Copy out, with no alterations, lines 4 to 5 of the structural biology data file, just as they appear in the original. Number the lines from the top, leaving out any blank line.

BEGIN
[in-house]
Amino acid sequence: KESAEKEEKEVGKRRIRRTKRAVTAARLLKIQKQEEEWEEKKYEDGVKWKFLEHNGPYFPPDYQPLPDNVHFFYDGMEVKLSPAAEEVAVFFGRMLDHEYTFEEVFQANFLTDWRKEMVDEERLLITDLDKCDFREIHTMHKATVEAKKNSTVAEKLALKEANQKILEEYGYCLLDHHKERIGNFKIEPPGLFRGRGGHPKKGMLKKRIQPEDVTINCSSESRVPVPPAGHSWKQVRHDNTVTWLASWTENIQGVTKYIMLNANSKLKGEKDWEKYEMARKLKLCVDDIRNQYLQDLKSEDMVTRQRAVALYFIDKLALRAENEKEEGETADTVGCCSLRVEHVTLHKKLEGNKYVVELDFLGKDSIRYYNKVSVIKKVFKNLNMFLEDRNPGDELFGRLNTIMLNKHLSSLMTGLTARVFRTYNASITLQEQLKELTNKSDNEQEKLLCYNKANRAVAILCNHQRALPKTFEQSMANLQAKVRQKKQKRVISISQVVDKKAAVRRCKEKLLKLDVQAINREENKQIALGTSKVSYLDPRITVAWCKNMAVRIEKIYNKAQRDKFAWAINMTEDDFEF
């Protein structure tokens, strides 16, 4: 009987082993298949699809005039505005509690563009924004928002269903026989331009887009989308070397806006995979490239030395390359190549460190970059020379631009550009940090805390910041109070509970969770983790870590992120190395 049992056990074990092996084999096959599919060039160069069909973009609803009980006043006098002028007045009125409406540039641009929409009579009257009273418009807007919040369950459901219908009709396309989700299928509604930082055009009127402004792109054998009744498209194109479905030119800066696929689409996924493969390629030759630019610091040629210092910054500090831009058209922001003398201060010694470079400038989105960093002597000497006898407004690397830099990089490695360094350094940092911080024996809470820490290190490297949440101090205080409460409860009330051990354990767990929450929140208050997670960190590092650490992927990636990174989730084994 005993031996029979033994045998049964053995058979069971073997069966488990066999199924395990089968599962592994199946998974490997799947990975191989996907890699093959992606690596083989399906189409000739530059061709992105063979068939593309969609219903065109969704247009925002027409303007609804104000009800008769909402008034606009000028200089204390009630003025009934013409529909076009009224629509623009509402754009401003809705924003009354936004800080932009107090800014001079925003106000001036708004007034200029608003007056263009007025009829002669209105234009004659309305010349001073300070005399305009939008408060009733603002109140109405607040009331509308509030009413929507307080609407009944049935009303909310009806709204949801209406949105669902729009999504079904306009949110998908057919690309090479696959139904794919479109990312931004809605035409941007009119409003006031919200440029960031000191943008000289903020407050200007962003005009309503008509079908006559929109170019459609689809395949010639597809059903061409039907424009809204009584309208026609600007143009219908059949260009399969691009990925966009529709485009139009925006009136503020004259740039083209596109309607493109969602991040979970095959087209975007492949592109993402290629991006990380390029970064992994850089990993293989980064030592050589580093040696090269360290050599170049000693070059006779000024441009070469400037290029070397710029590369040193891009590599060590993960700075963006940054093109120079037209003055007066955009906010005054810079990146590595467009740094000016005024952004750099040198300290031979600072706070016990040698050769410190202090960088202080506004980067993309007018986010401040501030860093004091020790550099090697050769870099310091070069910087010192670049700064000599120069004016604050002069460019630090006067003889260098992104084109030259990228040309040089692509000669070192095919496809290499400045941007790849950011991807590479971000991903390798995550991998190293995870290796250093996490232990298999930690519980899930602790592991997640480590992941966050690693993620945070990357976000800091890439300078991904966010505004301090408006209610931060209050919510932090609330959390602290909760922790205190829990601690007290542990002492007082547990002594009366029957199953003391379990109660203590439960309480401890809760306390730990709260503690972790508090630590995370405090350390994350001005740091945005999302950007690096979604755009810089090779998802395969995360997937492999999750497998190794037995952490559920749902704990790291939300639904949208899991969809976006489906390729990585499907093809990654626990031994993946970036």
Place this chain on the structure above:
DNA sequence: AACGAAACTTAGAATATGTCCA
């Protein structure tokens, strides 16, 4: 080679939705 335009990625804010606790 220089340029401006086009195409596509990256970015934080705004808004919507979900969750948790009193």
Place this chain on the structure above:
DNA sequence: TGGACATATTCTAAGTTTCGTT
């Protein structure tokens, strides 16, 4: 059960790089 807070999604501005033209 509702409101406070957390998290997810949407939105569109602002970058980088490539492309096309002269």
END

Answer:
Place this chain on the structure above:
DNA sequence: AACGAAACTTAGAATATGTCCA